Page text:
Al Qaeda describes 26/11 Mumbai attack as ‘heroic Fidai’, ‘blessed’ operation
The document directs al-Qaeda and its affiliates to kill and target Americans and its allies, including those in Britain, Germany and India with their terror attacks. (Source: Express archives)
An al-Qaeda document recovered by US Navy SEALs from the Abbottabad hideout of Osama bin Laden describes the 2008 Mumbai terror attack by Pakistan- based LeT terrorists as a “heroic Fidai” operation and the one at German Bakery in Pune as a “beautiful huge” bombing.
The 15-page document “Terror Franchise: THE UNSTOPPABLE ASSASSIN: TECHS Vital role for its success”, originally in English, lists the Mumbai terror attack as one of the “blessed” operations.
The document directs al-Qaeda and its affiliates to kill and target Americans and its allies, including those in Britain, Germany and India with their terror attacks.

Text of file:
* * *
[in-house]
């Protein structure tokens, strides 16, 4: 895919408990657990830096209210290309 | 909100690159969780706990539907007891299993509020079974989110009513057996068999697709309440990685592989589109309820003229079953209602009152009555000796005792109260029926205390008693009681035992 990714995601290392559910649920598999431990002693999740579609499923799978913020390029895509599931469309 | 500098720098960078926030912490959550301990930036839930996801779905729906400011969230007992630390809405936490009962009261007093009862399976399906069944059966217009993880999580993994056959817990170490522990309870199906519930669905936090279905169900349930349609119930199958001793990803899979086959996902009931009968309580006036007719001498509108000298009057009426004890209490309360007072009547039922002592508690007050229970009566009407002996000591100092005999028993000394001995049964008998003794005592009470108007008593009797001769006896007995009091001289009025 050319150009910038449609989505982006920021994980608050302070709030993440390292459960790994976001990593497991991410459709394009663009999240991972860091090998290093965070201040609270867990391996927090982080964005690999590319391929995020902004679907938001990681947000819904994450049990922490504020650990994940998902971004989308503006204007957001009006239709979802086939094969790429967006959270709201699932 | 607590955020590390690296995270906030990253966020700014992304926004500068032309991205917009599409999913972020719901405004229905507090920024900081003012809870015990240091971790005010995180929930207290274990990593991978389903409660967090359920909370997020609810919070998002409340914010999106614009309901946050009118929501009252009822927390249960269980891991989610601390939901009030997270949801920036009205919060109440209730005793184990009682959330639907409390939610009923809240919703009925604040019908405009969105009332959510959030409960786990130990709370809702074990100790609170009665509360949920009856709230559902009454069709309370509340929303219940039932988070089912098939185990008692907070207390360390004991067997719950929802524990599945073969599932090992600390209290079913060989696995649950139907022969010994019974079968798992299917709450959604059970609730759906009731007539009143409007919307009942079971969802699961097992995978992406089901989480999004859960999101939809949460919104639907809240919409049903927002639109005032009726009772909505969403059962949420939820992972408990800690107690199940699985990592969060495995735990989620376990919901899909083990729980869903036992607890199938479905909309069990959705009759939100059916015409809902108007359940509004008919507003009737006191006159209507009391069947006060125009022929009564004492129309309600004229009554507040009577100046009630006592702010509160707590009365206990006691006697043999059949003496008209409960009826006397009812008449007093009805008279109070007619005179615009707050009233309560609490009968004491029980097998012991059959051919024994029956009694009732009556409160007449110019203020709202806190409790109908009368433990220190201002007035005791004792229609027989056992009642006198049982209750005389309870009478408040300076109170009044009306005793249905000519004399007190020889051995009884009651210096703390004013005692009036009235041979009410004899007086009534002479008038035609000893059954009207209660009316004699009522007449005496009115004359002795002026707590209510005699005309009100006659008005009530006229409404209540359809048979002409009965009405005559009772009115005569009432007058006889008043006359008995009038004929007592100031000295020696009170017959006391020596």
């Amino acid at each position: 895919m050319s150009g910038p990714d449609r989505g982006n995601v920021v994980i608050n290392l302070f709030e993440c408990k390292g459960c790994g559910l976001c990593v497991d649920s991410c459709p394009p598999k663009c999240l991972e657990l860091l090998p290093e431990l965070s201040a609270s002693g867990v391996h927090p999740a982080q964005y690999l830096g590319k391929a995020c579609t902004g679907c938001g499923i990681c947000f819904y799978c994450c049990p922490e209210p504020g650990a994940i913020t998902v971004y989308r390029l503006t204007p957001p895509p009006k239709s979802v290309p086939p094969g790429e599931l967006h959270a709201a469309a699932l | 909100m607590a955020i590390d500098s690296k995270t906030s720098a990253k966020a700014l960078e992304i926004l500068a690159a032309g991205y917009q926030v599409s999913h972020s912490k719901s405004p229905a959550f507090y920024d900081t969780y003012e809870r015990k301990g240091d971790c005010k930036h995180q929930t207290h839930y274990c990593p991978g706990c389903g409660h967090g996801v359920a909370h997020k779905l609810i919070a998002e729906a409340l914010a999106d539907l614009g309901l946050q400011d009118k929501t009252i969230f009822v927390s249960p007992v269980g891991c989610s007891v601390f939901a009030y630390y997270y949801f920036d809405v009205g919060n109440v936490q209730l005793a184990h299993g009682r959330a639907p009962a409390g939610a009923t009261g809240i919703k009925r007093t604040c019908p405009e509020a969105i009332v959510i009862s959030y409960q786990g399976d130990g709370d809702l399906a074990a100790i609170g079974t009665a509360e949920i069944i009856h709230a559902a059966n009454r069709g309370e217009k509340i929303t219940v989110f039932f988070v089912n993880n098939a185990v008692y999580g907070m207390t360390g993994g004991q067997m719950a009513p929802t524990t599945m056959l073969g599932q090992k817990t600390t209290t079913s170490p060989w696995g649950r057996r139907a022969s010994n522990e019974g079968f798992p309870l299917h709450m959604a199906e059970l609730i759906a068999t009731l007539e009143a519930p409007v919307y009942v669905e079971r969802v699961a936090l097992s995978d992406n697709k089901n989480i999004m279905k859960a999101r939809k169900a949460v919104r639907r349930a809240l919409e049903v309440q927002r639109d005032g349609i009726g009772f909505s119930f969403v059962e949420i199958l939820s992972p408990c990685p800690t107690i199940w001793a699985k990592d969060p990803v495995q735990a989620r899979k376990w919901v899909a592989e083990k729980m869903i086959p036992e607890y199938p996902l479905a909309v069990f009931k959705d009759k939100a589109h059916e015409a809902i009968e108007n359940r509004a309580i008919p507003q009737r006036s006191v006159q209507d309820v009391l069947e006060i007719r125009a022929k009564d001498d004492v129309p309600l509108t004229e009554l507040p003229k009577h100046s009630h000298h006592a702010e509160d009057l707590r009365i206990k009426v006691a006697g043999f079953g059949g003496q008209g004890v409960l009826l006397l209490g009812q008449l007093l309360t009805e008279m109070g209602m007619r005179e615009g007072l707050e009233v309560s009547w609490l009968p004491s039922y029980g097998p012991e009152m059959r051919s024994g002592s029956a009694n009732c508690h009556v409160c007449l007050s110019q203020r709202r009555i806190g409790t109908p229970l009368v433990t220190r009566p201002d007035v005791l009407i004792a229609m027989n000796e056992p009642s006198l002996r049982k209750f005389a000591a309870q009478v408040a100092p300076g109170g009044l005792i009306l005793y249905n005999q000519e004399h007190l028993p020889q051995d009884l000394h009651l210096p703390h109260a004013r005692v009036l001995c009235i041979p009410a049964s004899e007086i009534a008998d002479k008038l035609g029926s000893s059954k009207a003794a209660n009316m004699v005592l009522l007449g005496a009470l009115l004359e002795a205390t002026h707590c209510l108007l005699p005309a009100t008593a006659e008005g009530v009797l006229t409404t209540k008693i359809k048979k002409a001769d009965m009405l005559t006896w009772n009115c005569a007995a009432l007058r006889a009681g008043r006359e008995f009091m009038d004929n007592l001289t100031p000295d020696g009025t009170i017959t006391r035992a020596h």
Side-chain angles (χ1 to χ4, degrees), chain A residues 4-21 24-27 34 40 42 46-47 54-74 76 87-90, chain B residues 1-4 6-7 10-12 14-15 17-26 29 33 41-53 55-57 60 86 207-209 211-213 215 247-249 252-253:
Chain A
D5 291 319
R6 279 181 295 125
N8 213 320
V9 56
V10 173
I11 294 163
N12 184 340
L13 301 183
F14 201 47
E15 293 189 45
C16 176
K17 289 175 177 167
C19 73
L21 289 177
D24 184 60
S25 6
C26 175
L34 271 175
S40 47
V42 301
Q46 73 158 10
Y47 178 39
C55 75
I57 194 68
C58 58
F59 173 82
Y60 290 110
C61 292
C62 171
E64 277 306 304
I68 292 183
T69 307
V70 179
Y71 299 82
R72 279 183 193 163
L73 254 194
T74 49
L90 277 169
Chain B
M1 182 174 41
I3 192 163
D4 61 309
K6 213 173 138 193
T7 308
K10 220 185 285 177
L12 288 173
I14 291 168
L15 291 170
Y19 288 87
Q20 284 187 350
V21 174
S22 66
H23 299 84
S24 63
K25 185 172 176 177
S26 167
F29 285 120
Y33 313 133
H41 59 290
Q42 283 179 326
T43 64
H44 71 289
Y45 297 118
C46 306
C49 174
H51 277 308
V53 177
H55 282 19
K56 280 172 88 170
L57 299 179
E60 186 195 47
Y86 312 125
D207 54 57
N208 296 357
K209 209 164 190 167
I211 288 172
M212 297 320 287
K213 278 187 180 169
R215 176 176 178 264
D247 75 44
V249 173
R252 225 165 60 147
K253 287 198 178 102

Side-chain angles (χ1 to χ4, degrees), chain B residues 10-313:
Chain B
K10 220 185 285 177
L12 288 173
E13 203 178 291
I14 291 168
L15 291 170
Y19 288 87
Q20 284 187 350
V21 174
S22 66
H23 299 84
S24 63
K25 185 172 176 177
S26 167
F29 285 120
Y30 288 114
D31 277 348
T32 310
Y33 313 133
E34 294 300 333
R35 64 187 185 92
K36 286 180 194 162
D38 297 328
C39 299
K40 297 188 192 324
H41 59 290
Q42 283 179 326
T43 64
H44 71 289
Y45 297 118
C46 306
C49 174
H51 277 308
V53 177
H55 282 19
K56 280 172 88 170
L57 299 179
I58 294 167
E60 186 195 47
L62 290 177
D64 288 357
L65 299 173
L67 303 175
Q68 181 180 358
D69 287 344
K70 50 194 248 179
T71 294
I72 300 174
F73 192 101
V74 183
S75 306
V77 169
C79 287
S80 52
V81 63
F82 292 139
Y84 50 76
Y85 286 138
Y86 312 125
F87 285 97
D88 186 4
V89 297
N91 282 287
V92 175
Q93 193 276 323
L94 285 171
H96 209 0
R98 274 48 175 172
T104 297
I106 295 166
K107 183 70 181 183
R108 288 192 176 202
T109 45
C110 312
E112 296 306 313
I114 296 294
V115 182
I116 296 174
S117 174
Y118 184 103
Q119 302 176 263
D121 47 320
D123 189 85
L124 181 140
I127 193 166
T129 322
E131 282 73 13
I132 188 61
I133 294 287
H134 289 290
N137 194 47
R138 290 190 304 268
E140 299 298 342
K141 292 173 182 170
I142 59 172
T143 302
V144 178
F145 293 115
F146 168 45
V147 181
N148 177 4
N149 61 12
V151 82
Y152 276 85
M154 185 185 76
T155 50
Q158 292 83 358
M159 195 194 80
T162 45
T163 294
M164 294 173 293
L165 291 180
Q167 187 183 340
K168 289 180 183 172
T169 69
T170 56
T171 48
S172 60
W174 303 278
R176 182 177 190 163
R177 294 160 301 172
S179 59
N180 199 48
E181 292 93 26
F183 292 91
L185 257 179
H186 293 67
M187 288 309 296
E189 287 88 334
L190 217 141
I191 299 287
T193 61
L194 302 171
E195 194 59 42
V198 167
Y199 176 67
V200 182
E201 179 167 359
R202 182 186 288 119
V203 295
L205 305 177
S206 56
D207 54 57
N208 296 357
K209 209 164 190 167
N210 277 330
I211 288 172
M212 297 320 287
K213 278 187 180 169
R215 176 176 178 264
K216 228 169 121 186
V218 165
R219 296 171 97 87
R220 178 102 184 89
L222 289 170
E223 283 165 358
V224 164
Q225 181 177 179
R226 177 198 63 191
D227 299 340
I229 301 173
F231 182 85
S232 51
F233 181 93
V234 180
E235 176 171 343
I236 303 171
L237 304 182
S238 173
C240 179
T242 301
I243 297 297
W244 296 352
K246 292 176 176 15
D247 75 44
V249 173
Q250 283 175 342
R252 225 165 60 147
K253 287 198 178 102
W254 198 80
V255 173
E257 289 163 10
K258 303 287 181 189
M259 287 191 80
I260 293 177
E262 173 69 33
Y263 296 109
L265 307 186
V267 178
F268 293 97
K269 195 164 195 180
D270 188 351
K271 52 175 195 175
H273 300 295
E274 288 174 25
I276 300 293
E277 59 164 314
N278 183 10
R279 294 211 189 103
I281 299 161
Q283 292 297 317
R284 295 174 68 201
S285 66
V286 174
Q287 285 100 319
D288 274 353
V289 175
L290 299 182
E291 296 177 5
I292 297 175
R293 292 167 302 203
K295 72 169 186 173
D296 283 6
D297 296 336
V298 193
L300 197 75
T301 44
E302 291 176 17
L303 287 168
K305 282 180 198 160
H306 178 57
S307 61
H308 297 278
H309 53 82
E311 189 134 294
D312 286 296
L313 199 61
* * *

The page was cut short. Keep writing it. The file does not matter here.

“The mission of the Global Mujahideen is to destroy the American economy by targeting American economic targets globally,” it said.
“Following the London bombing and before it, there were several blessed operation against American and European targets in Indonesia, Pakistan, Egypt, India and elsewhere, such as the brave bombing of a bus carrying French nationals, the Marriott hotel massive bombing, the bombing of the Denmark embassy in Islamabad, the massive Bali bombings, and lately the heroic Fidai (martyrdom) operations in Bombay – India’s economical capital – in which several western targets were struck in which many Americans and other westerners were killed,” the document reads.
“Following that, was the beautiful huge bombing – also in India – of the western German bakery mainly visited by Jews and western nationals in general,” it said about the 2010 blast that was carried out two years after the Mumbai attack.
This is among the large tranche of documents recovered by the US from the compound of the house where Laden was hiding when the US secret forces killed the al-Qaeda leader.
US intelligence officials have described these documents as a treasure trove of information.
Source:: Indian Express